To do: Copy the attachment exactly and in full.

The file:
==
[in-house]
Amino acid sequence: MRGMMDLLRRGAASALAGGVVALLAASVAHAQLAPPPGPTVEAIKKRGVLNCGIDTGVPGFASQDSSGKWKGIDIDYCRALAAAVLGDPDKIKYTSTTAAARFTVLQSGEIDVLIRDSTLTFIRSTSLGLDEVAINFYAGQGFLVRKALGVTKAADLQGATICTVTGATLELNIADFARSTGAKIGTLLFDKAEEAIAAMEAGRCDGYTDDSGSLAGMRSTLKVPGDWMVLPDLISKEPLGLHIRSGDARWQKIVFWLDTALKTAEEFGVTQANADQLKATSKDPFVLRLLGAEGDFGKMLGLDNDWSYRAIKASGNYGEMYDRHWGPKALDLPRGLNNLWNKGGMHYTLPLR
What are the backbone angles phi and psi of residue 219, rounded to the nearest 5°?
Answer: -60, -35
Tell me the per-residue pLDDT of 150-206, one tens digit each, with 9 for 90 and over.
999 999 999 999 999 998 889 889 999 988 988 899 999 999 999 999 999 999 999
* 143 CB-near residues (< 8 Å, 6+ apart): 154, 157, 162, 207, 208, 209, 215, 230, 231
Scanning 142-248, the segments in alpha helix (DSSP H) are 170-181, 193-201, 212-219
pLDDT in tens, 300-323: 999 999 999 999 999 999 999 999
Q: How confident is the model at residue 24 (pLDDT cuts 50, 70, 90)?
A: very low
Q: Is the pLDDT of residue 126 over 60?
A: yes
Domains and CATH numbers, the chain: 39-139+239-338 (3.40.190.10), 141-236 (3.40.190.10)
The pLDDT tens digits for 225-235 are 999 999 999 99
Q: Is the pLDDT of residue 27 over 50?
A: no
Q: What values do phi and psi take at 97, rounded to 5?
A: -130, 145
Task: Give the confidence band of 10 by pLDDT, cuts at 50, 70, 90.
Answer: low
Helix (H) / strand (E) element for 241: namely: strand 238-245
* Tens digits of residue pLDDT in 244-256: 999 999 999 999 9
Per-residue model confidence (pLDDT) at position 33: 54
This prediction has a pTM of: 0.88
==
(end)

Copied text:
[in-house]
Amino acid sequence: MRGMMDLLRRGAASALAGGVVALLAASVAHAQLAPPPGPTVEAIKKRGVLNCGIDTGVPGFASQDSSGKWKGIDIDYCRALAAAVLGDPDKIKYTSTTAAARFTVLQSGEIDVLIRDSTLTFIRSTSLGLDEVAINFYAGQGFLVRKALGVTKAADLQGATICTVTGATLELNIADFARSTGAKIGTLLFDKAEEAIAAMEAGRCDGYTDDSGSLAGMRSTLKVPGDWMVLPDLISKEPLGLHIRSGDARWQKIVFWLDTALKTAEEFGVTQANADQLKATSKDPFVLRLLGAEGDFGKMLGLDNDWSYRAIKASGNYGEMYDRHWGPKALDLPRGLNNLWNKGGMHYTLPLR
What are the backbone angles phi and psi of residue 219, rounded to the nearest 5°?
Answer: -60, -35
Tell me the per-residue pLDDT of 150-206, one tens digit each, with 9 for 90 and over.
999 999 999 999 999 998 889 889 999 988 988 899 999 999 999 999 999 999 999
* 143 CB-near residues (< 8 Å, 6+ apart): 154, 157, 162, 207, 208, 209, 215, 230, 231
Scanning 142-248, the segments in alpha helix (DSSP H) are 170-181, 193-201, 212-219
pLDDT in tens, 300-323: 999 999 999 999 999 999 999 999
Q: How confident is the model at residue 24 (pLDDT cuts 50, 70, 90)?
A: very low
Q: Is the pLDDT of residue 126 over 60?
A: yes
Domains and CATH numbers, the chain: 39-139+239-338 (3.40.190.10), 141-236 (3.40.190.10)
The pLDDT tens digits for 225-235 are 999 999 999 99
Q: Is the pLDDT of residue 27 over 50?
A: no
Q: What values do phi and psi take at 97, rounded to 5?
A: -130, 145
Task: Give the confidence band of 10 by pLDDT, cuts at 50, 70, 90.
Answer: low
Helix (H) / strand (E) element for 241: namely: strand 238-245
* Tens digits of residue pLDDT in 244-256: 999 999 999 999 9
Per-residue model confidence (pLDDT) at position 33: 54
This prediction has a pTM of: 0.88